The world's first wiki where authorship really matters (Nature Genetics, 2008). Due credit and reputation for authors. Imagine a global collaborative knowledge base for original thoughts. Search thousands of articles and collaborate with scientists around the globe.

wikigene or wiki gene protein drug chemical gene disease author authorship tracking collaborative publishing evolutionary knowledge reputation system wiki2.0 global collaboration genes proteins drugs chemicals diseases compound
Hoffmann, R. A wiki for the life sciences where authorship matters. Nature Genetics (2008)
 
 
 

RPE65 operates in the vertebrate visual cycle by stereospecifically binding all-trans-retinyl esters.

RPE65 is a major protein of unknown function found associated with the retinyl pigment epithelial (RPE) membranes [Hamel, C. P., Tsilou, E., Pfeffer, B. A., Hooks, J. J., Detrick, B., and Redmond, T. M. (1993) J. Biol. Chem. 268, 15751-15757; Bavik, C. O., Levy, F., Hellman, U., Wernstedt, C., and Eriksson, U. (1993) J. Biol. Chem. 268, 20540-20546]. RPE65 knockouts fail to synthesize 11-cis-retinal, the chromophore of rhodopsin, and accumulate all-trans-retinyl esters in the RPE. Previous studies have also shown that RPE65 is specifically labeled with all-trans-retinyl ester based affinity labeling agents, suggesting a retinyl ester binding role for the protein. In the present work, we show that purified RPE65 binds all-trans-retinyl palmitate (tRP) with a K(D) = 20 pM. These quantitative experiments are performed by measuring the quenching of RPE65 fluorescence by added tRP. The binding for tRP is highly specific because 11-cis-retinyl palmitate binds with a K(D) = 14 nM, 11-cis-retinol binds with a K(D) = 3.8 nM, and all-trans-retinol (vitamin A) binds with a K(D) = 10.8 nM. This stereospecificity for tRP is to be compared to the binding of retinoids to BSA, where virtually no discrimination is found in the binding of the same retinoids. This work provides further evidence that RPE65 functions by binding to and mobilizing the highly hydrophobic all-trans-retinyl esters, allowing them to enter the visual cycle.[1]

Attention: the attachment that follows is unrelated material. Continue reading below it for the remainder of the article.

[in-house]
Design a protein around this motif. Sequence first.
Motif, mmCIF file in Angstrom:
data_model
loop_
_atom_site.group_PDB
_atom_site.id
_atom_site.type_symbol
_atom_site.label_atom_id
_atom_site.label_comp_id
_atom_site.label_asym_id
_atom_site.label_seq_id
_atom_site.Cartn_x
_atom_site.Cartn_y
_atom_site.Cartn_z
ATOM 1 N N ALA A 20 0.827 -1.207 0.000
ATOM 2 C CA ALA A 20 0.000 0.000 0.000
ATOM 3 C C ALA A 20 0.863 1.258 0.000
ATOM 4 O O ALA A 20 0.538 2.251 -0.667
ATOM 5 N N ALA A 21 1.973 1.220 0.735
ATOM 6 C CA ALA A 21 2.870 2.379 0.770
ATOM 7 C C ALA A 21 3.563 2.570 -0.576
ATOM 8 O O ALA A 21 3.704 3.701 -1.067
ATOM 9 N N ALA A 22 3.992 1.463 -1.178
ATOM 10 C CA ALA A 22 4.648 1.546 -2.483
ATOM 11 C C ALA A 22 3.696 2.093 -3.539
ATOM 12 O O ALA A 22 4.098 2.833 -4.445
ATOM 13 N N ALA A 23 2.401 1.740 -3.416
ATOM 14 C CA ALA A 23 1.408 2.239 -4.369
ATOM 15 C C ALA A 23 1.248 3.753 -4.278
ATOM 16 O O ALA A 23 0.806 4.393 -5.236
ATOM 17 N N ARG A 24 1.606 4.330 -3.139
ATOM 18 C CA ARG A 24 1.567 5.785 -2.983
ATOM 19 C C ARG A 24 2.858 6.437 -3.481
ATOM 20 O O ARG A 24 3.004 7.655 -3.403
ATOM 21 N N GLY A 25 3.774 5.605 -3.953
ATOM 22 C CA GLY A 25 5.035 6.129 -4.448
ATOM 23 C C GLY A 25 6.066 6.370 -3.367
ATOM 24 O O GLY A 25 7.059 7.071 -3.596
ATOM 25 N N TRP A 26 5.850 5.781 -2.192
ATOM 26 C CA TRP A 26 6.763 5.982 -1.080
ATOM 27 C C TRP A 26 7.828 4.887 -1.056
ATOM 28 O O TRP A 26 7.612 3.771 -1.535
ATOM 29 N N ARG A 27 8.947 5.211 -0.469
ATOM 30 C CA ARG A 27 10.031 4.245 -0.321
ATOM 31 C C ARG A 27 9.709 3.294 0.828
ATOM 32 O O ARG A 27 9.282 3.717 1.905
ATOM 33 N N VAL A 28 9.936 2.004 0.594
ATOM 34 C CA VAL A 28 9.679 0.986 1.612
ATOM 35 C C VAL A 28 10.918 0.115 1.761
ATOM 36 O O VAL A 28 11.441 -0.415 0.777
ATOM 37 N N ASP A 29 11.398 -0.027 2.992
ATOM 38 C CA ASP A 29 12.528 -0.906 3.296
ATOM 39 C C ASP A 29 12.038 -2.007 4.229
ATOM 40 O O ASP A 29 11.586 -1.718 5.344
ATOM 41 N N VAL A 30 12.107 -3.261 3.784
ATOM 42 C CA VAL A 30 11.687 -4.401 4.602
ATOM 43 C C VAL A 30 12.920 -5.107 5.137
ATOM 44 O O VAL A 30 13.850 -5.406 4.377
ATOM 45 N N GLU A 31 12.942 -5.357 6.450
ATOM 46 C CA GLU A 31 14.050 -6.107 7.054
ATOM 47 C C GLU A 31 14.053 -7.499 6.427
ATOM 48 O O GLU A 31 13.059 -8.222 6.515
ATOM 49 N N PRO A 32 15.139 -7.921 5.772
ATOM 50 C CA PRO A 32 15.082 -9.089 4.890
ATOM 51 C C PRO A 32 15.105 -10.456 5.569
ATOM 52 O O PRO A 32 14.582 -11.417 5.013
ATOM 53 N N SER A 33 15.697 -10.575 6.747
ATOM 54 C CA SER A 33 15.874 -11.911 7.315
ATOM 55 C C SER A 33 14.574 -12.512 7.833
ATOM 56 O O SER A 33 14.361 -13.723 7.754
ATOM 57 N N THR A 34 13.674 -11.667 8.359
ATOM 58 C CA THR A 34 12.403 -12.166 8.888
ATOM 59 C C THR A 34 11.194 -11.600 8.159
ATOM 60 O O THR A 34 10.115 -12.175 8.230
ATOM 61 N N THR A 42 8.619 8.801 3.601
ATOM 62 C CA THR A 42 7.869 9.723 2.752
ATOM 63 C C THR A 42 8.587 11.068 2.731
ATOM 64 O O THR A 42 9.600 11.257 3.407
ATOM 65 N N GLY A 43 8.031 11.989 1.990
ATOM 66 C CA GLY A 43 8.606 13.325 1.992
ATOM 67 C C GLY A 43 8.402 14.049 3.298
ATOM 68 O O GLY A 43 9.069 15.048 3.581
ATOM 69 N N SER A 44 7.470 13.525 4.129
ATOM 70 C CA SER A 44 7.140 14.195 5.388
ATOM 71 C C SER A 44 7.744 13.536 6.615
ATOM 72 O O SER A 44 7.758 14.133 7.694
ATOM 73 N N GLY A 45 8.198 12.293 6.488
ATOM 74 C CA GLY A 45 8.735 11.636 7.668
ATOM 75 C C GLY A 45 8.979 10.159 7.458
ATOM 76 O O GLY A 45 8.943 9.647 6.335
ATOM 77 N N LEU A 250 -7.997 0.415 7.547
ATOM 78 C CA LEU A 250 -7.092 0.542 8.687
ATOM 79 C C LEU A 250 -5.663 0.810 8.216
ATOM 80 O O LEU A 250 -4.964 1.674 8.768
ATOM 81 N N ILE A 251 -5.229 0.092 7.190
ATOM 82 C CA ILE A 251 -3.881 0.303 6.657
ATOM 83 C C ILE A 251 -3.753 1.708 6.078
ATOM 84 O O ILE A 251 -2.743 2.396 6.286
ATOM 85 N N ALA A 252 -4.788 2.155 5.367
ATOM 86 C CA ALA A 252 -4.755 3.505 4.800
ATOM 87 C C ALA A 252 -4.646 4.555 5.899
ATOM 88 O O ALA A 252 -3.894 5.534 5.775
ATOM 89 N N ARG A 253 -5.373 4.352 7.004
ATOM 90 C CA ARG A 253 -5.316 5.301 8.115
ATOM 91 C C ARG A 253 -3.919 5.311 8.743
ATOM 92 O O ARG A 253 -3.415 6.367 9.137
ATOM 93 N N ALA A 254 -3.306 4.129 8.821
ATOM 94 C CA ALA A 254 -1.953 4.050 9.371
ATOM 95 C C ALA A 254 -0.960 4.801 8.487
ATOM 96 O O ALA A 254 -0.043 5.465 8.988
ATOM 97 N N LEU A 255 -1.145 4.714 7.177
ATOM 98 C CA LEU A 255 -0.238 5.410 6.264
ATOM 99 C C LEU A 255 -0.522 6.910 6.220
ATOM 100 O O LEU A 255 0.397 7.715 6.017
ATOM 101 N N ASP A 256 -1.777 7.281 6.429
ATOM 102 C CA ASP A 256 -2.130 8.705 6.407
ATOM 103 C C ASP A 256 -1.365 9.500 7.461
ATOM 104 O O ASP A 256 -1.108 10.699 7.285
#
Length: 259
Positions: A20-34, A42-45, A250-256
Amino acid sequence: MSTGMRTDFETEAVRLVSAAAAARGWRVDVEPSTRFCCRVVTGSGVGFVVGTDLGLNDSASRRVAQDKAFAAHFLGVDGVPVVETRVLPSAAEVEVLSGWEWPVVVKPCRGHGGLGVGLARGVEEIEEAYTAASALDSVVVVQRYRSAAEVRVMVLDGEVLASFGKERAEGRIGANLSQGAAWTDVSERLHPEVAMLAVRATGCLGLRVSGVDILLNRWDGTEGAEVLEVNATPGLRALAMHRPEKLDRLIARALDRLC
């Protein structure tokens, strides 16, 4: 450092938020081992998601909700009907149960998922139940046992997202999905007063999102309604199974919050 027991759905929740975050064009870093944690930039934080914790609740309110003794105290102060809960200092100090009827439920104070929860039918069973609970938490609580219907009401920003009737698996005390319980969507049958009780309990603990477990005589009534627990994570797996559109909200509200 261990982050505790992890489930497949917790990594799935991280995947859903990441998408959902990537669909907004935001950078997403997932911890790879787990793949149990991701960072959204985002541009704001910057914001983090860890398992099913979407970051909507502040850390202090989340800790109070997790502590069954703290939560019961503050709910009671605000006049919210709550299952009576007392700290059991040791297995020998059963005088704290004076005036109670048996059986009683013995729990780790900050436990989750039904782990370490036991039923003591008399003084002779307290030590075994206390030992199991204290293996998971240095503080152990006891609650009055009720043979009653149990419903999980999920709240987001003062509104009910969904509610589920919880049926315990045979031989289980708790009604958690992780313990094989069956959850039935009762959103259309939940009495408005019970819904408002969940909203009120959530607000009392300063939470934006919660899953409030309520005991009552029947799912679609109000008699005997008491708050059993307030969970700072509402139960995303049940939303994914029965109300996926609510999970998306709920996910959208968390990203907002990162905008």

References

 
WikiGenes - Universities